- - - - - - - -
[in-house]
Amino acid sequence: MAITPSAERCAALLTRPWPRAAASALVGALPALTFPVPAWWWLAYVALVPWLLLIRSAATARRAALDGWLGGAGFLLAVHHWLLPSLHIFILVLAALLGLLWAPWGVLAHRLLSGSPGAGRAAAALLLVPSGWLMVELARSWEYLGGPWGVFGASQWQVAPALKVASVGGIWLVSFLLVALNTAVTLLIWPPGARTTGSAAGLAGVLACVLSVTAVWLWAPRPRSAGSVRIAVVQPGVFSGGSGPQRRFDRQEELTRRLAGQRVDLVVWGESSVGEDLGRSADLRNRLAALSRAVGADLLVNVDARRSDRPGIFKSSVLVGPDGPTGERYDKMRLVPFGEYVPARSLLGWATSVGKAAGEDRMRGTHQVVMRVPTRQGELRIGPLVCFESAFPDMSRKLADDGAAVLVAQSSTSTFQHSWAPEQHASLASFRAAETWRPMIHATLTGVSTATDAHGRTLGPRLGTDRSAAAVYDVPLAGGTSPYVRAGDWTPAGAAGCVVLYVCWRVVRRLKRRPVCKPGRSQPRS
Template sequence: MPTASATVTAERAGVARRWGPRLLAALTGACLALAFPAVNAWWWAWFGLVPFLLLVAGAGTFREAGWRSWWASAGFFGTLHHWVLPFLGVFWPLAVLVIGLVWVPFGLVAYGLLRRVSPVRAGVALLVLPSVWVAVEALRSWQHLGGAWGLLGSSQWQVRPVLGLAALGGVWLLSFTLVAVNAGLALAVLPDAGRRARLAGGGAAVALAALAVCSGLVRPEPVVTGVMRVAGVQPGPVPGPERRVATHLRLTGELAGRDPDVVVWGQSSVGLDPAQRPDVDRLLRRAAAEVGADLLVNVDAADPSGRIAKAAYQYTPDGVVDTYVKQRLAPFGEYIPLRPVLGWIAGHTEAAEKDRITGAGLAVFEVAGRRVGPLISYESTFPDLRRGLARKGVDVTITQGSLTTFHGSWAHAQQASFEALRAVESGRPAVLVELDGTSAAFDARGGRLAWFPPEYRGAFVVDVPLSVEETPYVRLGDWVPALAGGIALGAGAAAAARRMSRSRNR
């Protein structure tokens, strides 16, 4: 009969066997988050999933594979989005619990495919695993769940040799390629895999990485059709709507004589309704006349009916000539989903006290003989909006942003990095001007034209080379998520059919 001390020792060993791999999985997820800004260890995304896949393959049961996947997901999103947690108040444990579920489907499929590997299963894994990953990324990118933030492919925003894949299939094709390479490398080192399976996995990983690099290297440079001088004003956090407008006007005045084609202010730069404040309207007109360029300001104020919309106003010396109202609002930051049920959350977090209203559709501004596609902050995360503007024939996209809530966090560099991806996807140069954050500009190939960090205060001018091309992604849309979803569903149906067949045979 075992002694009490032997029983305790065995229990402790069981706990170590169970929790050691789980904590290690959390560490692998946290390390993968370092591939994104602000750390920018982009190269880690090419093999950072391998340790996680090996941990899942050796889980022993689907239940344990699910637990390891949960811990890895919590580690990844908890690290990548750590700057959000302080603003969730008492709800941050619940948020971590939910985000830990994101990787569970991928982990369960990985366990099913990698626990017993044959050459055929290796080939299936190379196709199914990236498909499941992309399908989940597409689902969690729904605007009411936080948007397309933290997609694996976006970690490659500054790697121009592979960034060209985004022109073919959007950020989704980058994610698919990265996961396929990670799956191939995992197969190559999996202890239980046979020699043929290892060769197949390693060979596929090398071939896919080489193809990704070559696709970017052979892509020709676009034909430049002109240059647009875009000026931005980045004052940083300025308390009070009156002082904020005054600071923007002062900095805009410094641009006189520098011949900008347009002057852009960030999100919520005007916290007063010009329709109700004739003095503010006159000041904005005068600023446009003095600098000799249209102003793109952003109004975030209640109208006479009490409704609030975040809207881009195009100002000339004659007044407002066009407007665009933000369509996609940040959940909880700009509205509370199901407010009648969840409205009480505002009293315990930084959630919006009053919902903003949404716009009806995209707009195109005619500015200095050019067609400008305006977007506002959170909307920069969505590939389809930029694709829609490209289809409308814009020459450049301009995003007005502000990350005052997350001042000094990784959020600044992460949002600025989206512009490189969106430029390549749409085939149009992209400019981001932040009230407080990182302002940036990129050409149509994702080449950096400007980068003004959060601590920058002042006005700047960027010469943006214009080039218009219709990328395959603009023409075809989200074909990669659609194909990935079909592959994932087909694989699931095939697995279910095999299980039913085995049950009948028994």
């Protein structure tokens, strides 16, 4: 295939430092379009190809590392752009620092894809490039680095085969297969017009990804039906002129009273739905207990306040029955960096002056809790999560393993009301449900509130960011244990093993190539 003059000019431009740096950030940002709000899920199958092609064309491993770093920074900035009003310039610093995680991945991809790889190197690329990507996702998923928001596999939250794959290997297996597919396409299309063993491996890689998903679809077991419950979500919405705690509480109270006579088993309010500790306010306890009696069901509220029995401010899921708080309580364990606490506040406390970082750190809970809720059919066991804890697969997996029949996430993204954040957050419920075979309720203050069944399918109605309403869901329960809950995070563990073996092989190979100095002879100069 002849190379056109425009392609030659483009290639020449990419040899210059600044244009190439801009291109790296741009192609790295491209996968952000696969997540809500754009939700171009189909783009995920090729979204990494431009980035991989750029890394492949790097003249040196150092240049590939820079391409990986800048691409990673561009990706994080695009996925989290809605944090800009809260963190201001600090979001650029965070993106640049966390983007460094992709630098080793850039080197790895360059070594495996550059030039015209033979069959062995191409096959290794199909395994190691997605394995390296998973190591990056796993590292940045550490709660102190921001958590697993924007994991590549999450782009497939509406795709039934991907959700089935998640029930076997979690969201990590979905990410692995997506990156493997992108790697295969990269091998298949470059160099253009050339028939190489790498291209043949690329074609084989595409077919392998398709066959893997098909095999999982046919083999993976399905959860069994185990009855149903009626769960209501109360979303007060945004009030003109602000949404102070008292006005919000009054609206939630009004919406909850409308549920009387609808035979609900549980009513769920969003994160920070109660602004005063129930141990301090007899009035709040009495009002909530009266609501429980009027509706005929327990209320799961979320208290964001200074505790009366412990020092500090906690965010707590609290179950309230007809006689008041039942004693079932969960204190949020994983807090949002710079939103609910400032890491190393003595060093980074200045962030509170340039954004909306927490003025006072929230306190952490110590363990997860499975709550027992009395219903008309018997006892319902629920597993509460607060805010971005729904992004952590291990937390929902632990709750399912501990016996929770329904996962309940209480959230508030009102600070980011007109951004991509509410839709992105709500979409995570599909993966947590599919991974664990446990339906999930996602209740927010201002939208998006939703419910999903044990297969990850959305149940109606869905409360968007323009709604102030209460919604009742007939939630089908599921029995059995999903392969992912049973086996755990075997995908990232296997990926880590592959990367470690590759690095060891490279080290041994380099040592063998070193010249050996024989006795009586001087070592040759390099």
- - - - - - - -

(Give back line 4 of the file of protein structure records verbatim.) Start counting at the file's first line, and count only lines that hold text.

């Protein structure tokens, strides 16, 4: 009969066997988050999933594979989005619990495919695993769940040799390629895999990485059709709507004589309704006349009916000539989903006290003989909006942003990095001007034209080379998520059919 001390020792060993791999999985997820800004260890995304896949393959049961996947997901999103947690108040444990579920489907499929590997299963894994990953990324990118933030492919925003894949299939094709390479490398080192399976996995990983690099290297440079001088004003956090407008006007005045084609202010730069404040309207007109360029300001104020919309106003010396109202609002930051049920959350977090209203559709501004596609902050995360503007024939996209809530966090560099991806996807140069954050500009190939960090205060001018091309992604849309979803569903149906067949045979 075992002694009490032997029983305790065995229990402790069981706990170590169970929790050691789980904590290690959390560490692998946290390390993968370092591939994104602000750390920018982009190269880690090419093999950072391998340790996680090996941990899942050796889980022993689907239940344990699910637990390891949960811990890895919590580690990844908890690290990548750590700057959000302080603003969730008492709800941050619940948020971590939910985000830990994101990787569970991928982990369960990985366990099913990698626990017993044959050459055929290796080939299936190379196709199914990236498909499941992309399908989940597409689902969690729904605007009411936080948007397309933290997609694996976006970690490659500054790697121009592979960034060209985004022109073919959007950020989704980058994610698919990265996961396929990670799956191939995992197969190559999996202890239980046979020699043929290892060769197949390693060979596929090398071939896919080489193809990704070559696709970017052979892509020709676009034909430049002109240059647009875009000026931005980045004052940083300025308390009070009156002082904020005054600071923007002062900095805009410094641009006189520098011949900008347009002057852009960030999100919520005007916290007063010009329709109700004739003095503010006159000041904005005068600023446009003095600098000799249209102003793109952003109004975030209640109208006479009490409704609030975040809207881009195009100002000339004659007044407002066009407007665009933000369509996609940040959940909880700009509205509370199901407010009648969840409205009480505002009293315990930084959630919006009053919902903003949404716009009806995209707009195109005619500015200095050019067609400008305006977007506002959170909307920069969505590939389809930029694709829609490209289809409308814009020459450049301009995003007005502000990350005052997350001042000094990784959020600044992460949002600025989206512009490189969106430029390549749409085939149009992209400019981001932040009230407080990182302002940036990129050409149509994702080449950096400007980068003004959060601590920058002042006005700047960027010469943006214009080039218009219709990328395959603009023409075809989200074909990669659609194909990935079909592959994932087909694989699931095939697995279910095999299980039913085995049950009948028994």